After a late night eggs benedict sounds like a great plan. This morning I had to force myself out of bed in time to get things done in time for meeting my friend for a tour. Luckily my wonderful friend Violetta chatted to me on Facebook messenger in the morning, keeping me going as I got ready. I am now a massive sarong fan, it's like a legit way of having a hero cape ;) I booked a tour for my final day here tomorrow and went to breakfast.. How fast this time in Bali has gone! I wonder what today will bring.
"Very good, and what will Sir be having for breakfast?", "Nope, it's just me!" (I hate having just used the words 'just me', there must be a better way of putting this), "oh... But yesterday breakfast and snacks, you were with a gentleman." Wow! I like getting to know the staff but now I am feeling a little judged. They do seem to find it jarring that I am here on my own. Their questions combined with the "how are you still not married yet?" question I got yesterday have maybe left me a little emotionally delicate, as I find myself sort of cringing when I say "yeah it's just me... he is a friend of mine living in Bali."
After last night though I really think Bali evenings are much easier as a couple. As a female you get "hey honey! You need transport? I show you around. Yeah you'll like me." Which could be genuinely friendly but each time the words land on me like a drunk guy's slurred compliments in a night club.... "heeeyyyy, you looook alright, you waaaana come home with me baby?", "no thank you", "urgh?? No? Why?" Lol.
Last evening I learnt that guys also have it equally challenging. During the previous evenings discussions Samil had told me how when he walks down the street at night here the offers always come in the same order:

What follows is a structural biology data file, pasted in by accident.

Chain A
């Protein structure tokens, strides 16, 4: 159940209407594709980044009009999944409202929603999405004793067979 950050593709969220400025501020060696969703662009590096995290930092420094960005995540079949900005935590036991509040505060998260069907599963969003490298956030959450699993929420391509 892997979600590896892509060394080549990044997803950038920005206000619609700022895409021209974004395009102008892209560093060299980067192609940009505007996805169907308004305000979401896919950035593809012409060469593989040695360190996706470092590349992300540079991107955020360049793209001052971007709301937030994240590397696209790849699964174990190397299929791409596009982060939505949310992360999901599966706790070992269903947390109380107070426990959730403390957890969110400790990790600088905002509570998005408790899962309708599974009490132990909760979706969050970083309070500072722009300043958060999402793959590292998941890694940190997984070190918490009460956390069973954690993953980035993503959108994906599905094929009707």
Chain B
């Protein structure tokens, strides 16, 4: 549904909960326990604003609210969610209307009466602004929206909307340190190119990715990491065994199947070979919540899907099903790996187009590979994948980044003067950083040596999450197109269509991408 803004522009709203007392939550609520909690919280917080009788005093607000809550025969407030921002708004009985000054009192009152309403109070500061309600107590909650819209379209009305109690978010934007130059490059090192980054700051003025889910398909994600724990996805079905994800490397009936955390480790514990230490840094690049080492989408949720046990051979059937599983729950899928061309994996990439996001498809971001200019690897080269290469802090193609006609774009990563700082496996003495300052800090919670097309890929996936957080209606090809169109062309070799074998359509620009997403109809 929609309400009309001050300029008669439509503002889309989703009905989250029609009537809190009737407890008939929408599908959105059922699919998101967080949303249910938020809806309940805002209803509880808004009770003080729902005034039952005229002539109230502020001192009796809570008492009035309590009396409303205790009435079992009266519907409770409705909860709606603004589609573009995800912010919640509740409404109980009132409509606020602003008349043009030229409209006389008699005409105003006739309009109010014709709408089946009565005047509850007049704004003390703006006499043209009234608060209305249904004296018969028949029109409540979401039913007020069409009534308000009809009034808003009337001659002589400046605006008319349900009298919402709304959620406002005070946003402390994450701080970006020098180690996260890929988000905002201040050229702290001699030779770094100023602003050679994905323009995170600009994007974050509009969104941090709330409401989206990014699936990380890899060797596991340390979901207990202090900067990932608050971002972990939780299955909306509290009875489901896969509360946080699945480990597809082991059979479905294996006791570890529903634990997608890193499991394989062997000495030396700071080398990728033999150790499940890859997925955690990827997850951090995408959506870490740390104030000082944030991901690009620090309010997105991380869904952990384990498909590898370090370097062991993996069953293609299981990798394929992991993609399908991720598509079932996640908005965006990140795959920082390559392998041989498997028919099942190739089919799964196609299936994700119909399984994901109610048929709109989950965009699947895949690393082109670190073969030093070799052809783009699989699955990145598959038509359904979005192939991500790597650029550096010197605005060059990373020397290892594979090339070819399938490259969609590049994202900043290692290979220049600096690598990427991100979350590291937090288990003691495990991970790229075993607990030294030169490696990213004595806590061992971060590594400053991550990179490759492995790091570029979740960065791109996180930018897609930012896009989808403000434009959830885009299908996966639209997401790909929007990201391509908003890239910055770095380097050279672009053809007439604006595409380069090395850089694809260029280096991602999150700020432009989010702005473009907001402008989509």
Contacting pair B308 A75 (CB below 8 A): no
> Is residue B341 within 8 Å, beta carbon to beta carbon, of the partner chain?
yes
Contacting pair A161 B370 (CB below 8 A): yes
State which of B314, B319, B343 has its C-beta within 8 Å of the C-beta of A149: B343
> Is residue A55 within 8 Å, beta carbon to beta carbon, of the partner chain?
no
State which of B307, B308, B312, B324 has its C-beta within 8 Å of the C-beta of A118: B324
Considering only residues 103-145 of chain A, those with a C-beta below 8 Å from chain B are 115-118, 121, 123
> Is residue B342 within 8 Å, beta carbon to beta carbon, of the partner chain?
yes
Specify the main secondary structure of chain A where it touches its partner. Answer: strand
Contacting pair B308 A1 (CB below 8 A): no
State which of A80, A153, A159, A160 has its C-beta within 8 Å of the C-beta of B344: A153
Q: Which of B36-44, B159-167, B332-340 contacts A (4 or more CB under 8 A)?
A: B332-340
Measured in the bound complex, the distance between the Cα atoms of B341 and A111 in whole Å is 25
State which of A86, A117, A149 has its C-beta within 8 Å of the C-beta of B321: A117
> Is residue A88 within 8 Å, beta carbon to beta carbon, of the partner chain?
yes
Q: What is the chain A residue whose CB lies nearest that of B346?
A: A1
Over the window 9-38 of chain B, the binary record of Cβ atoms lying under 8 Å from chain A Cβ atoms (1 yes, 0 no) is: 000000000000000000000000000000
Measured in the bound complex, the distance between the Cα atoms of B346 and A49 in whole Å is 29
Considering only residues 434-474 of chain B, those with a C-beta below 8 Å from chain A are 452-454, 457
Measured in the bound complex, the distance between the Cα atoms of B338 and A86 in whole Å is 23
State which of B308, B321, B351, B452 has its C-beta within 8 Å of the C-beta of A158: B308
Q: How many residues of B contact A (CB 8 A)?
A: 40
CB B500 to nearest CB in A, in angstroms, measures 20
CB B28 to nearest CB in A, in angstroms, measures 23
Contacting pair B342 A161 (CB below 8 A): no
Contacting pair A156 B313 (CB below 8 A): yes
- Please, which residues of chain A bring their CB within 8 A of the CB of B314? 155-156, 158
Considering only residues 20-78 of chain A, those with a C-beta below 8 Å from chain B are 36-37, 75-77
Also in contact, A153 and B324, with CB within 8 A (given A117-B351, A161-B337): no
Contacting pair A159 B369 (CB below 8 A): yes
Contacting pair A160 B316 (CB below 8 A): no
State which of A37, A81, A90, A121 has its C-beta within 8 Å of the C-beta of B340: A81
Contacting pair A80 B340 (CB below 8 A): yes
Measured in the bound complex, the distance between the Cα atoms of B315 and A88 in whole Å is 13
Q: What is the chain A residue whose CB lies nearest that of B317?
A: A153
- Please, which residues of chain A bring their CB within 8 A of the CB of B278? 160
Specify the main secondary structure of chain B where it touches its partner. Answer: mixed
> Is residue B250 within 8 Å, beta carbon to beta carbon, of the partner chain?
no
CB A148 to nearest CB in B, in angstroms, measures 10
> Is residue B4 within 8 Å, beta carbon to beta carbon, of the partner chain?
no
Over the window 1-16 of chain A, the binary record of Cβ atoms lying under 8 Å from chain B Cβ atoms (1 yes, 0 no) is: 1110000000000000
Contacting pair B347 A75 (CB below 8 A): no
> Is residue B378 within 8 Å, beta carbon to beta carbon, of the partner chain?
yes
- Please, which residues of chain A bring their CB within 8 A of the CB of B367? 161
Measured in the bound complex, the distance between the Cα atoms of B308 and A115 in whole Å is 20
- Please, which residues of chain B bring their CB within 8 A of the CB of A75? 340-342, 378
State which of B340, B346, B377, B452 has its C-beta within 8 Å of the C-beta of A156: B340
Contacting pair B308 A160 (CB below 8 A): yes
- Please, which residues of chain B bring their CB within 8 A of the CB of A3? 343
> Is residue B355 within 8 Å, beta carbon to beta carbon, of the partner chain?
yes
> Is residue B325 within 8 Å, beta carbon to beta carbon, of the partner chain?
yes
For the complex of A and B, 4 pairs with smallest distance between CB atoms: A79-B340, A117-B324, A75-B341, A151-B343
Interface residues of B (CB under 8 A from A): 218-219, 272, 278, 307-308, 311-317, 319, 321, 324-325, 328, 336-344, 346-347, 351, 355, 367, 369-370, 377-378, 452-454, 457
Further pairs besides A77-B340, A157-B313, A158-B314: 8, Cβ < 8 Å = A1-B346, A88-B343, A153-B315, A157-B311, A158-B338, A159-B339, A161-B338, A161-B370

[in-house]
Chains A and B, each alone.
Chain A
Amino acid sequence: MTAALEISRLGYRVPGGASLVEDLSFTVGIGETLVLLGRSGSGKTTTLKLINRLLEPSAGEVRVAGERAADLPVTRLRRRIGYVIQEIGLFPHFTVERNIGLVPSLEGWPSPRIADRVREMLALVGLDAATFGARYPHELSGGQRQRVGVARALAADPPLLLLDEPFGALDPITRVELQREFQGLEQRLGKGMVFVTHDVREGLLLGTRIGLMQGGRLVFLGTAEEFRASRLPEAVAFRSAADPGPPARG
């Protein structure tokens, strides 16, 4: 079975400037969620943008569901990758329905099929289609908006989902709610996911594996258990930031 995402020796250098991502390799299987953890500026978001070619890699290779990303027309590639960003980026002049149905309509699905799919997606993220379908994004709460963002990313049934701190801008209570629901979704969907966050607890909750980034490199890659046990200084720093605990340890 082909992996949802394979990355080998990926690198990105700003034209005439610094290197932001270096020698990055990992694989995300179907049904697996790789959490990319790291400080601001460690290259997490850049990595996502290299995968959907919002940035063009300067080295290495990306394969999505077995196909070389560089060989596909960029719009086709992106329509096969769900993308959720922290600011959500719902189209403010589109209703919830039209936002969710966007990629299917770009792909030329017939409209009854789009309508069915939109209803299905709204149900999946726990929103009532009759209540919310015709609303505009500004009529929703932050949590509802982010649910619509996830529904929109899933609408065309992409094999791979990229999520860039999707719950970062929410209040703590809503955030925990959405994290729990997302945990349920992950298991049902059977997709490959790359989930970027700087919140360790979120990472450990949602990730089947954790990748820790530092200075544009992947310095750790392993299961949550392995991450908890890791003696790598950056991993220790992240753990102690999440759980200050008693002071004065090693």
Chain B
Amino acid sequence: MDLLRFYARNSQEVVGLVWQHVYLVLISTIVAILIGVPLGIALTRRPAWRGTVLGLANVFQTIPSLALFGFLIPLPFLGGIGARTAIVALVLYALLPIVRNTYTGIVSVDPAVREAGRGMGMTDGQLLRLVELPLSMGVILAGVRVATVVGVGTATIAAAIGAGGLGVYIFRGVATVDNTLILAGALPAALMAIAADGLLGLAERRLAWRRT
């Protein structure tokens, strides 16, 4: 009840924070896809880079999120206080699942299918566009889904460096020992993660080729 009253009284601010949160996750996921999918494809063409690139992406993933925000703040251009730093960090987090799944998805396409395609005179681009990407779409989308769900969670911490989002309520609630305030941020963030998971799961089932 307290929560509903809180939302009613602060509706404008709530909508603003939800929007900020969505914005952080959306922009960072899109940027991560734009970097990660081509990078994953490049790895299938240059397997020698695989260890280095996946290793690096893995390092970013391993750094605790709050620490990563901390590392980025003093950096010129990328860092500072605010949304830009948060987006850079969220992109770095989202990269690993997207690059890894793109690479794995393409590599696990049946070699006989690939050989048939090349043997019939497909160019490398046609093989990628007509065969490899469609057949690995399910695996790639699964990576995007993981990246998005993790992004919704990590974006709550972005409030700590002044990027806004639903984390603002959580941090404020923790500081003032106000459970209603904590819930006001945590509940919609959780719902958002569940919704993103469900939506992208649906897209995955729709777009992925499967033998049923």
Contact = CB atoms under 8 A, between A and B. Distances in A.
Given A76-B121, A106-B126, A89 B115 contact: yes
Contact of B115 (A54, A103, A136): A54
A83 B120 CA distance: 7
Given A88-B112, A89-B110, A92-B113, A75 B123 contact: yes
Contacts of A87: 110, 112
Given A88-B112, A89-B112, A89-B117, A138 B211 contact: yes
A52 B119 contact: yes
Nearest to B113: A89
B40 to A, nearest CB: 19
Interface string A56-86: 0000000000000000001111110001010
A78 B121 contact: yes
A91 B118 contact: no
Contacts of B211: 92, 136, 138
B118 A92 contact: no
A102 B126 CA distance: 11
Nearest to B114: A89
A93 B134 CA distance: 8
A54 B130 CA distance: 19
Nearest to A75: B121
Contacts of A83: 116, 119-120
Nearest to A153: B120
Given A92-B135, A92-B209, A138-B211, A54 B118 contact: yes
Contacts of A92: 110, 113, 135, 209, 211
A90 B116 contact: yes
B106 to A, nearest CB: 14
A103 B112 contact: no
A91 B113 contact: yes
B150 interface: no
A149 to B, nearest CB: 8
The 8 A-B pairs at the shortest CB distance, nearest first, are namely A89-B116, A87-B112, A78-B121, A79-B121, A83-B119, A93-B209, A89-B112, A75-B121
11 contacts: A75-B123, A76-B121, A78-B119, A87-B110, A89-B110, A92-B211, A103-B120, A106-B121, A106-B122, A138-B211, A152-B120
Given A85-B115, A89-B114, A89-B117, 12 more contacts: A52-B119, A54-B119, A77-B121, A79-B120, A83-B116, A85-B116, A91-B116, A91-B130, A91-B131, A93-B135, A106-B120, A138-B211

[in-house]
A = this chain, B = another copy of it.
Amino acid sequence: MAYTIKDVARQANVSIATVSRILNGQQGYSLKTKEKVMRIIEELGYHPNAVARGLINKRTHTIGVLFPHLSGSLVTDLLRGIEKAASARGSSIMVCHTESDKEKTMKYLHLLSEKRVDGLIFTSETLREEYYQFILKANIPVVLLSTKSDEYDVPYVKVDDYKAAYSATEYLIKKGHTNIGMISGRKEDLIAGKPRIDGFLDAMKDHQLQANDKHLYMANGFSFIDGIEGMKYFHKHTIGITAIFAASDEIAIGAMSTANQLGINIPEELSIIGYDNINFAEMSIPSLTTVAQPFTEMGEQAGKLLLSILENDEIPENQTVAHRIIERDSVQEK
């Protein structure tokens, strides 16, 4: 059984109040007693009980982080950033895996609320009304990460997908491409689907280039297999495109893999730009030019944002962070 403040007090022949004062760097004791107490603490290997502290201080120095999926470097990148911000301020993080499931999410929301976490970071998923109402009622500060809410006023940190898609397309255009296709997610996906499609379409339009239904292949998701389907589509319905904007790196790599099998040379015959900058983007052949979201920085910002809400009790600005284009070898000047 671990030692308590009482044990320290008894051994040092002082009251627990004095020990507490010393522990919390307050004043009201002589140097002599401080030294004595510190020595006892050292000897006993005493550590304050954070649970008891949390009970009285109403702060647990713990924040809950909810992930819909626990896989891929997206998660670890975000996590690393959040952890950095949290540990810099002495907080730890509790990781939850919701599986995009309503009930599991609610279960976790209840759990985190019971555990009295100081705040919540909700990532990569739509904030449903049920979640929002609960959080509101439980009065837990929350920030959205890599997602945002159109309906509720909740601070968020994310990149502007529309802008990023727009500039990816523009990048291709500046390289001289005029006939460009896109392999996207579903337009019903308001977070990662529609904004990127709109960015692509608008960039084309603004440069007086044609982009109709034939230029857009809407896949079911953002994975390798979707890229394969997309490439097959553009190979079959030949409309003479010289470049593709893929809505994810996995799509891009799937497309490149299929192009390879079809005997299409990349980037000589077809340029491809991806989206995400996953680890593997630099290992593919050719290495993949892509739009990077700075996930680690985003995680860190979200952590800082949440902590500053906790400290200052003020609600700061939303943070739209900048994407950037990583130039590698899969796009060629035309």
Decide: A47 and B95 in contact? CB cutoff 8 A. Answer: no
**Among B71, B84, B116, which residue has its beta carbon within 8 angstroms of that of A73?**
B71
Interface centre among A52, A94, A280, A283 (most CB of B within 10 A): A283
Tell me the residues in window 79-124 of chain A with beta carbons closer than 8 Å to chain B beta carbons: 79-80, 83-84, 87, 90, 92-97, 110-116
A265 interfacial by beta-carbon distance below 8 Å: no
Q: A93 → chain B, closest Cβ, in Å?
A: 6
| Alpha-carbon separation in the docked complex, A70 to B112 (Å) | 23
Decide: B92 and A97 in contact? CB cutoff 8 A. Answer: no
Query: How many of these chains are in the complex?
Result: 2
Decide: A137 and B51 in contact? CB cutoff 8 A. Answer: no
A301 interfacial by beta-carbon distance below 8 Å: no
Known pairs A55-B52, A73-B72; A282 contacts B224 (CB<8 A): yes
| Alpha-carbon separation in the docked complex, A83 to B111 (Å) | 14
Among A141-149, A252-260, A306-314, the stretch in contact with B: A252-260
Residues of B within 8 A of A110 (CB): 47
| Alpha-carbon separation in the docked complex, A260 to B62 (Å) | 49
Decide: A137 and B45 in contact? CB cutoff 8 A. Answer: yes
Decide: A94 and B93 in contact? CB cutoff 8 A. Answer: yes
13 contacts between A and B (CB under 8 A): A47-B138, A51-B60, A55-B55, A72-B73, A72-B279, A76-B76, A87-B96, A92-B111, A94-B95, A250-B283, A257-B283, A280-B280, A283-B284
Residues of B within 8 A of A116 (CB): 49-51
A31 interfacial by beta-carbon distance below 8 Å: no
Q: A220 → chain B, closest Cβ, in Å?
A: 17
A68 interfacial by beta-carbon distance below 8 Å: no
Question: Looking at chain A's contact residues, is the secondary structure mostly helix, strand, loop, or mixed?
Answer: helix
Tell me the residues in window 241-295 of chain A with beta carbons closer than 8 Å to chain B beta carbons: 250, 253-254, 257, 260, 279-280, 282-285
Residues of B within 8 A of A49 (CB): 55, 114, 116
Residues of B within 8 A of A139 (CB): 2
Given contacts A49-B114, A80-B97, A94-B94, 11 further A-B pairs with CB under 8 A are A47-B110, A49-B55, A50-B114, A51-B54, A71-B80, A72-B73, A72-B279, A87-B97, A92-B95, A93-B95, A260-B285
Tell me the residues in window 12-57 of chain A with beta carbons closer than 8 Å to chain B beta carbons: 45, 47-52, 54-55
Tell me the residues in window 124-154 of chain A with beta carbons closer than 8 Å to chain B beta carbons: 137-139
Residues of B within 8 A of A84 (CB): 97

1. "Hey you need transport?" - combined with the seriously exaggerated driving mime that makes the drivers look like human windmills.
2. "No? How about lady? You want lady?" - there is no short of prostitution here I am assured. Male and female, gay or straight. If you want to get laid you only have to not say no... this makes my skin crawl a bit. Am I prudish? I don't know but people selling themselves for money in that way feels tragic to me. I also felt a little defensive on Samil's behalf, at their assumption. He is such a nice and gentlemanly chap.
3. "What about young lady?" - ok this really creeps me out, what do they mean by this. I sort of wanted to ask Samil and I sort of didn't too, I chose to leave it. I want to sleep tonight and not have nightmares :(
4. "What about .....?" - insert all manner of drug names that Samil listed off and I have never heard of. While Samil walked me back to my hotel we were offered rides and marijuana a number of times.
"This is not the real Bali" Samil tells me. "The real Bali is on the other side of the island, the people are incredibly poor but and they spend all their money on the temples and shrines you see around you. They won't have much food but there will always be something for the offering." It is kinda bizarre when you see how many temples there are. "Someone has to be making money out of it somewhere." Samil says with a sad tone in his voice. I'd love to say this is cynical but, over my 'few' years, I have come to agree. Where there are poor people there are normally people becoming rich keeping them that way. :(